What's more, recurring issues or emerging commercial practices, such as those taking place in the on-line environment, often have a cross-border dimension and raise common questions for national enforcers. This calls for a more coherent approach to enforcement.
By way of example, a leading market player in electronic devices was fined by a national enforcer for offering consumers a 2 year warranty on their products for a charge, despite consumers already having a right to this service for free under EU law. Given that similar concerns had arisen in other Member States, Vice-President Viviane Reding wrote to all Consumer Affairs Ministers to draw attention to the case and enquire as to the enforcement action taken nationally. The responses received highlight a lack of consistency in interpreting and enforcing the Directive by national authorities.
The Commission will therefore seek to play a more prominent role in reinforcing cooperation between national enforcement bodies by:
The travel and transport, digital, financial services and property markets have been identified as the major sectors where consumers continue to lose out and where more efforts are required. In addition, enforcers need to take a closer look at environmental 'green' claims by retailers, which are often very general, vague and not always used responsibly.
Directive 2005/29/EC on Unfair Commercial Practices, adopted in 2005, lays down harmonised rules to tackle unfair commercial practices. It ensures that consumers are neither misled nor exposed to aggressive marketing and that any claim made by traders in the EU is clear, accurate and substantiated, enabling consumers to make informed and meaningful choices. The Directive also aims to ensure, promote and protect fair competition in the area of commercial practices. It has a broad scope and applies to all economic sectors.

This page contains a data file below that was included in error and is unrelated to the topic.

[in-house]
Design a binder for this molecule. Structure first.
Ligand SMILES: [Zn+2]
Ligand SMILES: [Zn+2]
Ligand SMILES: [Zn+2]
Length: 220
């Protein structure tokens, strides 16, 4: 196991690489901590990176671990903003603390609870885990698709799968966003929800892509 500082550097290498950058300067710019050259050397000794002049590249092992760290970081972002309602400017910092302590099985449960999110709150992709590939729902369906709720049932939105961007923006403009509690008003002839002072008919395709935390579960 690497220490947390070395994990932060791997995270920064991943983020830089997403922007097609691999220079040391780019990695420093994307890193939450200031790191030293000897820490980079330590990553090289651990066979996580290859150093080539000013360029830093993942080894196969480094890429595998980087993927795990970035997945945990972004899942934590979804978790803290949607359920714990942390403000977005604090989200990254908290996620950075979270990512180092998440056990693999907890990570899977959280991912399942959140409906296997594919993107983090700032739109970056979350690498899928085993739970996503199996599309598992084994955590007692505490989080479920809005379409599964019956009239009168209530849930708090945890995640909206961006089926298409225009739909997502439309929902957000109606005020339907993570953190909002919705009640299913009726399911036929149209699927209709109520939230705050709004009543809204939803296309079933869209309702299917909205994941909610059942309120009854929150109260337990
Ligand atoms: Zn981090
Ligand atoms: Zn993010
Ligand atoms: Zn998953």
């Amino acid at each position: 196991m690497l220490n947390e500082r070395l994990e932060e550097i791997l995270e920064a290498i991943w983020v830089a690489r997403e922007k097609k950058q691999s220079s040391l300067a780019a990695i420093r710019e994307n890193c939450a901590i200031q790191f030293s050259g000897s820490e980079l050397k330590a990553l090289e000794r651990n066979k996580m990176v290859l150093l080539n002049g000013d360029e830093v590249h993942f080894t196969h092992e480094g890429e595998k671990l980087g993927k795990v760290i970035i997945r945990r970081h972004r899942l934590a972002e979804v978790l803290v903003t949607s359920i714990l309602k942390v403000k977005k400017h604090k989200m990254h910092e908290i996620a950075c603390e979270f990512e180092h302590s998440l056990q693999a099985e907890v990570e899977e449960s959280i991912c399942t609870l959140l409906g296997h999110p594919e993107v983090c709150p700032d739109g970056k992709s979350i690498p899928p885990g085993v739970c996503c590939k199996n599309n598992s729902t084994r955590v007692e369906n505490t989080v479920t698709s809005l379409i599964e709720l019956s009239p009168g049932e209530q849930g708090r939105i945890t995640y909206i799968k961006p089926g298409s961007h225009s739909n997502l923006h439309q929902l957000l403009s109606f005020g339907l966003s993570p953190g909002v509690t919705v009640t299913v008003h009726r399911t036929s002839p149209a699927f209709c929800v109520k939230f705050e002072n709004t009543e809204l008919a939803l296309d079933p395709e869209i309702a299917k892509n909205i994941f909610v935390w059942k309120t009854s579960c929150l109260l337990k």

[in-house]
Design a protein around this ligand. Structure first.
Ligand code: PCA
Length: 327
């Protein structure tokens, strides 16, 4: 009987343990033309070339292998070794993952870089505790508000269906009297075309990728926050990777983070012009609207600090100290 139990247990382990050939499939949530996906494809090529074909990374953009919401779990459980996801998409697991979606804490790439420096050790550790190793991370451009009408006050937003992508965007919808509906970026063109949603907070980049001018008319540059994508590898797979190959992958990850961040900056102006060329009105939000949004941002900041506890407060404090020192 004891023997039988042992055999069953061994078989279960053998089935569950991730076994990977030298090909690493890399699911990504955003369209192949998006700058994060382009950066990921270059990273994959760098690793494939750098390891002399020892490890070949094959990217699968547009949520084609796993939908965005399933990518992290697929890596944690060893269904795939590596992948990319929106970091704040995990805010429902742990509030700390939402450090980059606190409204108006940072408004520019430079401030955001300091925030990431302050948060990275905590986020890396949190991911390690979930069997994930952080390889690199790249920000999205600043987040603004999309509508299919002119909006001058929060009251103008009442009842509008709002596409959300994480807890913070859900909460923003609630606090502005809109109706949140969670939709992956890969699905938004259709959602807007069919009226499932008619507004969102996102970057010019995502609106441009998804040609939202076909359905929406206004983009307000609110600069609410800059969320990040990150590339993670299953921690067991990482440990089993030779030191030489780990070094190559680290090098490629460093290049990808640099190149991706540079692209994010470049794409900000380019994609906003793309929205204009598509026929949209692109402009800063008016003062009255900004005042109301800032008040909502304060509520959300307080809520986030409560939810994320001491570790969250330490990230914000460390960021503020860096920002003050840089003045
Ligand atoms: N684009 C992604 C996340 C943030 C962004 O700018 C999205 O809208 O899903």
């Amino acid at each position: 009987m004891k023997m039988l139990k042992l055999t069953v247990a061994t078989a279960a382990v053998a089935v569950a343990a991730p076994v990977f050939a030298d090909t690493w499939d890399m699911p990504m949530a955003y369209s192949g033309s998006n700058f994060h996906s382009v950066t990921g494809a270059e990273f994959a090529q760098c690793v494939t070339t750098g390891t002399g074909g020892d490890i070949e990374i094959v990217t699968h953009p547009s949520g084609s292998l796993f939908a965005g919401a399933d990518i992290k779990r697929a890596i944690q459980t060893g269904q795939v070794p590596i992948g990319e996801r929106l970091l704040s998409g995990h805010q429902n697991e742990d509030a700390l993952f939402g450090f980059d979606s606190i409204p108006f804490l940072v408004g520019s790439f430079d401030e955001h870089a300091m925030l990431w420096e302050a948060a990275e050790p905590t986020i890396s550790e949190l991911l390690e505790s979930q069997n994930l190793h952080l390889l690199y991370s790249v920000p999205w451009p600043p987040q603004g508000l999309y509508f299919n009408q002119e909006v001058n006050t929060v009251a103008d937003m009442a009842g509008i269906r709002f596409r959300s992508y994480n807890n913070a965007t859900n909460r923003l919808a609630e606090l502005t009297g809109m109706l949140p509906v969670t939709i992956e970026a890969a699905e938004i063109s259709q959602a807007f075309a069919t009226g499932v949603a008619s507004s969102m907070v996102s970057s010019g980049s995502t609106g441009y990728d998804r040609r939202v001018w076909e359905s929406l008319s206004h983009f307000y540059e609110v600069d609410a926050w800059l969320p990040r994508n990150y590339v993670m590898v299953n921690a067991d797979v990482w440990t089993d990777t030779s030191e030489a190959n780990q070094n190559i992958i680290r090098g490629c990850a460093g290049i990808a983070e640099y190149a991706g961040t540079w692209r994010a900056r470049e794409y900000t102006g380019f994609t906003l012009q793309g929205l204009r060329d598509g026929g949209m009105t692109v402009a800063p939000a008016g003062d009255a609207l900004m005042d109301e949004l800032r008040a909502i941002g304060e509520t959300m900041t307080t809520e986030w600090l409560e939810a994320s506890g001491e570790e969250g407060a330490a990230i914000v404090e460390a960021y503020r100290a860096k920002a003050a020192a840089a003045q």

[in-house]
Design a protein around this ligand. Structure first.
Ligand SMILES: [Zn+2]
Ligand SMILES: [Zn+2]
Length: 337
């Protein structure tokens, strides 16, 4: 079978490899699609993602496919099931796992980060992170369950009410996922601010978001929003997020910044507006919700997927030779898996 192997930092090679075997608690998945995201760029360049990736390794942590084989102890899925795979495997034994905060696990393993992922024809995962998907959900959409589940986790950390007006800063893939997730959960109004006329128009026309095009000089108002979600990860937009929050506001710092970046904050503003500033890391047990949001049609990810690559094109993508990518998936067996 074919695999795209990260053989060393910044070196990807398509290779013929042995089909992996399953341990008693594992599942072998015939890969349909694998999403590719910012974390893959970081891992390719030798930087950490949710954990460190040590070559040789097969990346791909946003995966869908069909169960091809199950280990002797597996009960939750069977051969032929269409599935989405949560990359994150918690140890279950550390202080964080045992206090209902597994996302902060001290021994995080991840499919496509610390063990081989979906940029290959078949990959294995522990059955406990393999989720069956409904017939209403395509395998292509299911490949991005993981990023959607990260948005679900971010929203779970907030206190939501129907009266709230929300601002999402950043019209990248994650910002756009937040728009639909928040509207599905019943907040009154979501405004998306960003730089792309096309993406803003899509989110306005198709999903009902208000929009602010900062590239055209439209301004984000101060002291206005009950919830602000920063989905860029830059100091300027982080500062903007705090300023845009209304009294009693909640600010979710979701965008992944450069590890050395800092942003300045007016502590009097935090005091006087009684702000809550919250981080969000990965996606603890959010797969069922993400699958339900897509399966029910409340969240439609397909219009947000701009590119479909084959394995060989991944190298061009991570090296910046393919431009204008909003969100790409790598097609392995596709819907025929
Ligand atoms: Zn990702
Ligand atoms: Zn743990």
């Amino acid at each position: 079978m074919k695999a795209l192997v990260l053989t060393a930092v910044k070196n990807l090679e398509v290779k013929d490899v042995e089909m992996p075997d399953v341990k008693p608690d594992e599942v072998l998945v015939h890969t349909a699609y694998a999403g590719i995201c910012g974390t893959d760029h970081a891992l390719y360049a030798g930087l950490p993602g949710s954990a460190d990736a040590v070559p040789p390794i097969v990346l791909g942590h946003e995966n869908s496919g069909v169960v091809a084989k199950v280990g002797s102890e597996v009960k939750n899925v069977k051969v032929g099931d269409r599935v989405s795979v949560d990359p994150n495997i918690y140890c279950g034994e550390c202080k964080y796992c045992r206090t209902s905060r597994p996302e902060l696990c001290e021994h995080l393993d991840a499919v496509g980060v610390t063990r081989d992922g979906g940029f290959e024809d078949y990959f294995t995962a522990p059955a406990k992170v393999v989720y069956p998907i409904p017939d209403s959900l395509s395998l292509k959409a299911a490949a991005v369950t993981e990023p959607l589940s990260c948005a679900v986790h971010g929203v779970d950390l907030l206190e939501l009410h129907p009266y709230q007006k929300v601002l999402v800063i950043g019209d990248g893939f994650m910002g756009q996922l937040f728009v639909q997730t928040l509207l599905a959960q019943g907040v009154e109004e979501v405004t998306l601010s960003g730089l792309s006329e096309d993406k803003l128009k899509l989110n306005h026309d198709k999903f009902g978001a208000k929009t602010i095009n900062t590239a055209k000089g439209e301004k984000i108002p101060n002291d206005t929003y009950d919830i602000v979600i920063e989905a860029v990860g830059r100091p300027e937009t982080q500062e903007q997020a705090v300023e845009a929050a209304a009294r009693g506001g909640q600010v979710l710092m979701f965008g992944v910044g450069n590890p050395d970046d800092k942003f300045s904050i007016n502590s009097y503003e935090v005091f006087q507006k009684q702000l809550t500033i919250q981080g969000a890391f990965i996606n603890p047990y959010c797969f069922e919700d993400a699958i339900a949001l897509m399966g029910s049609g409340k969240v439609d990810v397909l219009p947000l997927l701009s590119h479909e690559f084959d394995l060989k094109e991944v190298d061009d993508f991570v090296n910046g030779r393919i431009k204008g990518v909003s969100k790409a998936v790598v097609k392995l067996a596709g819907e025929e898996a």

Specific provisions prevent exploitation of vulnerable consumers, such as children. The Directive also contains a "Black List" of practices, such as "bait advertising" "fake free offers", which are prohibited under all circumstances.
In today's report, Member States and stakeholders have signalled that a lack of resources, complexity of internal procedures and lack of deterrent sanctions threaten to undermine the proper application of the legislation.
The European Consumer Summit of 18-19 March 2013 organised by the Commission will provide an opportunity to discuss with all stakeholders concrete solutions to improve enforcement of consumer rights, within and across national borders and to explore ways of providing effective responses to cases of EU relevance in the Single Market.
For more information
Press pack - Unfair consumer practices:
Communication "Achieving a high level of consumer protection - Building trust in the Internal Market"
Report on the application of Directive 2005/29/EC on unfair commercial practices
Study on the application of Directive 2005/29/EC in the fields of financial services and immovable property
EU legislation on unfair commercial practices :
Homepage of Vice-President Viviane Reding, EU Justice Commissioner: